Chronic low back pain (CLBP) is the leading cause of disability worldwide, of which 90% is “non-specific,” meaning it has no pathological cause. A number of psychosocial factors negatively affect outcomes in CLBP. Although exercise is an effective treatment for CLBP, adherence to exercise in these populations is low due to similar psychosocial factors that predict poor outcomes. Yoga has been suggested as a mind-body therapy for CLBP, however adherence to yoga in these populations has not been studied. This exploratory literature review aims to explore adherence levels to yoga when used as a therapy for CLBP.
An electronic database search was conducted for papers that researched the effects of yoga for CLBP. Articles were selected according to the eligibility criteria set, studies included must report adherence. The quality of adherence reporting was appraised and data was extracted on adherence, study design and participant characteristics.
Results: A total of 1673 participants with CLBP across twelve studies were included, of which 784 were assigned to a yoga intervention. Quality of adherence reporting varied greatly, adherence to both yoga classes and home practice was explored.
Conclusion(s): There was not enough consistency in adherence reporting to provide a conclusive answer to the main question of this review. Where there were similar measures of adherence used, the ranges varied greatly, reflecting the complex nature of adherence and therefore its reporting is complex. There is a need for clear adherence reporting in future studies.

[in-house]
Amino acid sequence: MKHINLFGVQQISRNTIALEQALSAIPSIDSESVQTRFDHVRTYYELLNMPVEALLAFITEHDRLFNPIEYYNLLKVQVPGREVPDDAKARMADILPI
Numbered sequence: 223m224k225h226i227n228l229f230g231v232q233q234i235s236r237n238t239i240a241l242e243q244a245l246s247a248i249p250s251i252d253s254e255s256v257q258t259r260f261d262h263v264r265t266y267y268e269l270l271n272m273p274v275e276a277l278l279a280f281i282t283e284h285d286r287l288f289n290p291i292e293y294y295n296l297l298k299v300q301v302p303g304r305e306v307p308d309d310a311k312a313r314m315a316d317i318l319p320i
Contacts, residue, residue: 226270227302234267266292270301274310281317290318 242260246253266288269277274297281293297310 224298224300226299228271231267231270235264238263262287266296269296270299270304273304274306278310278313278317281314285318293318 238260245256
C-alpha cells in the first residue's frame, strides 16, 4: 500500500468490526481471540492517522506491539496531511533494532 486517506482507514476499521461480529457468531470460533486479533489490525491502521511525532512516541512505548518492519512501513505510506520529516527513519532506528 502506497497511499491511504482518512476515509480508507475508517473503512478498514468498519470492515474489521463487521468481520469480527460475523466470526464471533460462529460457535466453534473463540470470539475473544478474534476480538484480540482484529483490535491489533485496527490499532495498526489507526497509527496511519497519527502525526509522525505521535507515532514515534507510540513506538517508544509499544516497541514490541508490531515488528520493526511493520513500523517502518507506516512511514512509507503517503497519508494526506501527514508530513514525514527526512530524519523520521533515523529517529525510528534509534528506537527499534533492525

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DRAFT With a move towards shared clinical decision making, terms like adherence may seem outdated, as it still relies on the healthcare provider setting out specific recommendations. However within this new framework of shared decision making, although a clinician may no longer be solely responsible for deciding the management, it still remains the clinician’s responsibility to provide accurate information about the efficacy of a therapeutic option. In order for the patient to make an informed decision, the healthcare professional needs to advise a patient of the benefits of a possible interventions. Therefore research must be of a high standard, and if adherence is not reported accurately in research that would greatly affect the outcome of a therapeutic trial and the information provided to the patient. In clinical practice, ways to measure adherence should be considered to evaluate the efficacy of the intervention and identify barriers to adherence.
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